The reason free jazz is so hard to play, to listen to, or to understand is that the individual must lead and follow simultaneously. The ego and the lack of ego must simultaneously exist. There is a dissolution of ego into a larger ego and the music on this level moves and exists as one. Time becomes relativized. Time is not linear but non-linear–free jazz strives to inhabit this experience of non-linearity, where the past is present, the future is present, and notes do not just line up but open up into the higher dimensions. Higher in sense of not our familiar three plus one dimensions in which spacetime exists but higher because these three plus one dimensions of three dimensions plus the dimension of time are enfolded within a higher number. The accomplishment of improvisation in a group is to bring this mathematical dimensionality into our common world. Any performing group does this–orchestras, dance troupes, country music festivals, music festivals. Where you have individuals becoming entangled there is this mystical sense of belonging to a larger group.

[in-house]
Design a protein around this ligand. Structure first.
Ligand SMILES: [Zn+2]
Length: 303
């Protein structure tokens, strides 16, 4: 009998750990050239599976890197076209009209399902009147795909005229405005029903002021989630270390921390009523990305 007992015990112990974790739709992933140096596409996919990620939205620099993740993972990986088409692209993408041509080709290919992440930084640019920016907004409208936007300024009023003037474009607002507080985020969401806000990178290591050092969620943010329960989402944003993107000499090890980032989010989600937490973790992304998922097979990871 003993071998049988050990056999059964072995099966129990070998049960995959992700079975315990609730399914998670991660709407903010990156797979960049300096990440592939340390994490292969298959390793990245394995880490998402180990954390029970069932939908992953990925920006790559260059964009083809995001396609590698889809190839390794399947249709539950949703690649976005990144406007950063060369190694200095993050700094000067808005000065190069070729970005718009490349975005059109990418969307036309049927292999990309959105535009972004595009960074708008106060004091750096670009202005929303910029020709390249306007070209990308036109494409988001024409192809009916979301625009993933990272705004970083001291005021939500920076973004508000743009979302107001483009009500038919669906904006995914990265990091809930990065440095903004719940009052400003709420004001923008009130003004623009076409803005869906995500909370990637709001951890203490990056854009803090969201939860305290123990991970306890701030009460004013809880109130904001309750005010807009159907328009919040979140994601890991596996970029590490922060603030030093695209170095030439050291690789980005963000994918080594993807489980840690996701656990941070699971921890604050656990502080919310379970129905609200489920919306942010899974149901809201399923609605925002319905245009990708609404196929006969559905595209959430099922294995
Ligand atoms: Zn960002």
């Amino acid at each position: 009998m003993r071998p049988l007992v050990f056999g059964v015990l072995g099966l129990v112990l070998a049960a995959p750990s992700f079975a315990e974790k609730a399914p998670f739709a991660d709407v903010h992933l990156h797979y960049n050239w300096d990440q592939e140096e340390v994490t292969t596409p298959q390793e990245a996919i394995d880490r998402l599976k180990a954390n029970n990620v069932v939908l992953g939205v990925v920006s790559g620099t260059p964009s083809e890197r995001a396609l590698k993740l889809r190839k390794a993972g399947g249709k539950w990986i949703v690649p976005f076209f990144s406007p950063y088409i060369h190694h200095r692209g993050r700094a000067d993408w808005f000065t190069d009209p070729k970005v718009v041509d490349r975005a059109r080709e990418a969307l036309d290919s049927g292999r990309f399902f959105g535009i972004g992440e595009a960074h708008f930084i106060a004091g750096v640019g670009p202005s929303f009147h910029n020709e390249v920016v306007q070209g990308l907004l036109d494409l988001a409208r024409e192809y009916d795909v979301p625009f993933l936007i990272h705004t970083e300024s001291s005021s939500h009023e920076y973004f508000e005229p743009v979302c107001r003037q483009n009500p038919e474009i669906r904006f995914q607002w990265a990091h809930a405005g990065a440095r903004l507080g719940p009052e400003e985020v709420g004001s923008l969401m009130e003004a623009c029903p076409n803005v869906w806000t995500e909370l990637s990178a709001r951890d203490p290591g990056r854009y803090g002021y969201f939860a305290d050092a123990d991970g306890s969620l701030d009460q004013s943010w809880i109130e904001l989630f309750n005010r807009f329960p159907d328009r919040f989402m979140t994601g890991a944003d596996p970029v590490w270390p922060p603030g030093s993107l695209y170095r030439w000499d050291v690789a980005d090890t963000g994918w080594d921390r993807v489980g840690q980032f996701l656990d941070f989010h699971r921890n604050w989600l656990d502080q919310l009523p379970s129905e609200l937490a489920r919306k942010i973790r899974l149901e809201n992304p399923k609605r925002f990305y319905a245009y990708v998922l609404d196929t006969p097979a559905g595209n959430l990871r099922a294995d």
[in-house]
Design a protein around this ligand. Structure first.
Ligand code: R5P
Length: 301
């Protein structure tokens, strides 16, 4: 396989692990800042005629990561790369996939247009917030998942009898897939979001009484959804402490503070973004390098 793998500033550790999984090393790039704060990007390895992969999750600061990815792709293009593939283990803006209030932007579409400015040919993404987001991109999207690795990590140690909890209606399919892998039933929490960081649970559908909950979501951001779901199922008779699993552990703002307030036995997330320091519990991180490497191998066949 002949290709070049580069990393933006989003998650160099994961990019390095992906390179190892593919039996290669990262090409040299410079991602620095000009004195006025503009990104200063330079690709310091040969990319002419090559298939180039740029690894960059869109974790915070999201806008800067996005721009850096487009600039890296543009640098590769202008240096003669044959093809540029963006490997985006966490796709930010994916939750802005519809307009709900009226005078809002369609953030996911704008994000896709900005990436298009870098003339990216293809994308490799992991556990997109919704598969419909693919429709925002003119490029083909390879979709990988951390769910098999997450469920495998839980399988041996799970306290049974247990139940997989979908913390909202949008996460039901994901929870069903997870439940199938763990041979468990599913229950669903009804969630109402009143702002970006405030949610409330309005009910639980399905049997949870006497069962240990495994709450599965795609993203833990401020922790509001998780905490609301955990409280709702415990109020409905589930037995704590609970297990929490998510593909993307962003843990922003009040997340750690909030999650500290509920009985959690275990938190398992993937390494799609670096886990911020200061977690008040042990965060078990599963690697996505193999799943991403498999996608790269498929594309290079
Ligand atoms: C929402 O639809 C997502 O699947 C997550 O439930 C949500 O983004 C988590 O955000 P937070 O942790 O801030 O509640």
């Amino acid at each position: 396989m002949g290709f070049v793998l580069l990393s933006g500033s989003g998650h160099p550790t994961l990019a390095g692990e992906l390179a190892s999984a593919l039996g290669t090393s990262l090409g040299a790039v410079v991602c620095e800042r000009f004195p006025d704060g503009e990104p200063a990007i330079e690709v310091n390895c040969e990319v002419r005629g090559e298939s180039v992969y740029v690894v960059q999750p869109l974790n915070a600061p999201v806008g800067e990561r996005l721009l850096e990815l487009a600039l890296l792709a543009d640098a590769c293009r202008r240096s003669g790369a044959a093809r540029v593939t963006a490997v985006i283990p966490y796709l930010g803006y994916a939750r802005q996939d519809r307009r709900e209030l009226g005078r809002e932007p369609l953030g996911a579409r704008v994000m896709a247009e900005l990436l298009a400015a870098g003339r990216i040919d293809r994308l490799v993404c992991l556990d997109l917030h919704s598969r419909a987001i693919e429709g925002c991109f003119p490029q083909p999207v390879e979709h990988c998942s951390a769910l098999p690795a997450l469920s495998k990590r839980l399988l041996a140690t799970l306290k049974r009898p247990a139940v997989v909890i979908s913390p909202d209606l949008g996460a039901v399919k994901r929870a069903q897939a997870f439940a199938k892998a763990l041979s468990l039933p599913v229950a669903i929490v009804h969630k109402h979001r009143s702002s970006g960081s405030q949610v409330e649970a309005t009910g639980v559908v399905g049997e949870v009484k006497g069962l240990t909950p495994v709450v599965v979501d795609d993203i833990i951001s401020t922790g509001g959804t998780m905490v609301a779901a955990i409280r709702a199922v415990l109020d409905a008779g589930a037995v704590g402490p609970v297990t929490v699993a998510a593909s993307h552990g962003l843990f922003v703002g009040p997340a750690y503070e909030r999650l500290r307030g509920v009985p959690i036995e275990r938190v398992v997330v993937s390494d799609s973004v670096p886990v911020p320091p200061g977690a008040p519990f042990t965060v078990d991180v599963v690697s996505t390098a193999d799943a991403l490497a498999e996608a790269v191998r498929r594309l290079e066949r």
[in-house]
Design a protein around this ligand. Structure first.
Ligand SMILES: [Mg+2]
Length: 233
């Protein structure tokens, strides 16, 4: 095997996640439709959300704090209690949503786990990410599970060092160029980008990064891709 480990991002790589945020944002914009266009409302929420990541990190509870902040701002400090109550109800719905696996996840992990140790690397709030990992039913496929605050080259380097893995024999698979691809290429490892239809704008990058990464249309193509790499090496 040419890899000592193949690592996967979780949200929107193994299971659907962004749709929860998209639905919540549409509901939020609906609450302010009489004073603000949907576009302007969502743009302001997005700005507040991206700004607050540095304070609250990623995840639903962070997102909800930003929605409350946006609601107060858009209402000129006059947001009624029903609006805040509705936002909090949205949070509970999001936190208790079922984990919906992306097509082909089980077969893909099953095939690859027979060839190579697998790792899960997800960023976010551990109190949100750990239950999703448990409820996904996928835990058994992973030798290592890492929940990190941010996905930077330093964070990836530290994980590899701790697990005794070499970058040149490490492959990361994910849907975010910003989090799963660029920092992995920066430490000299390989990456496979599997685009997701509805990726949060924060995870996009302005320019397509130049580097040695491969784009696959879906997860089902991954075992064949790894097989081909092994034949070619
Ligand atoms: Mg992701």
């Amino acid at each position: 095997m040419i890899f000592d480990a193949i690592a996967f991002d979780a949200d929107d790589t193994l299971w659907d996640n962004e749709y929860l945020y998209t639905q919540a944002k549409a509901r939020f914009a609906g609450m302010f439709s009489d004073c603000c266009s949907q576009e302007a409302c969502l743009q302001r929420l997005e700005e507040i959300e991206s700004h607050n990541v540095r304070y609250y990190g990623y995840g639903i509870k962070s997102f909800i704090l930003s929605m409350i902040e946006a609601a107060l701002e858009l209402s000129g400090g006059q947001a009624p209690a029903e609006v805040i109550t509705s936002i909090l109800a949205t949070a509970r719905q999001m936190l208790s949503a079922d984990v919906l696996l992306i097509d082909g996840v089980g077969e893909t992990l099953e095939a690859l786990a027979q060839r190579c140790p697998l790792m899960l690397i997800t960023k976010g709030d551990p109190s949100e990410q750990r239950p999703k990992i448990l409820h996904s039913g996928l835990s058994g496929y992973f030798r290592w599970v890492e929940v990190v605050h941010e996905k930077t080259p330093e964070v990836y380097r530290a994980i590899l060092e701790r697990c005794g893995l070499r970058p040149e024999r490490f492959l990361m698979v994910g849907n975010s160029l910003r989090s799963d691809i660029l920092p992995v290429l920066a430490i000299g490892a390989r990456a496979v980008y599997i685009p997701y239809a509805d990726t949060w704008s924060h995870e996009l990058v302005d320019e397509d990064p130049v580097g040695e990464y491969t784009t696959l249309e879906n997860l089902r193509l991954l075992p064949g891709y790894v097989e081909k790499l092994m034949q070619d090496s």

This is what I mean when I name our trio 13. We are individuals acting as one on the higher dimensionality of the three in the one and are entangled. It is also what I have referred to as faster than thought. I cannot think fast enough to improvise and to make music. I cannot act alone. I have abandoned myself to this higher purpose. It is the army, the navy, the act of war. In the musical sense 13 is the act of peace, understanding, sensitivity to others, respecting others, living with others both as an individual and as a group. As with any mathematical concept of dimensions there is no moral sense and action as one can be as good or as evil as we want or wish it to be. We act consciously to make it so. If our intent is to take this mystical acting as one and to destroy we are Lucifer and His armies. If we are bringing life and spirit into the world we are God and His legions of angels. God in the mathematical sense is not moral. It is our humanity which makes God into an avenging God or a merciful God. It is up to us to act as one to be good or to be evil. The difficult part is acting both consciously to bring something good or evil into the world at the same time we act unconsciously as a group to do so.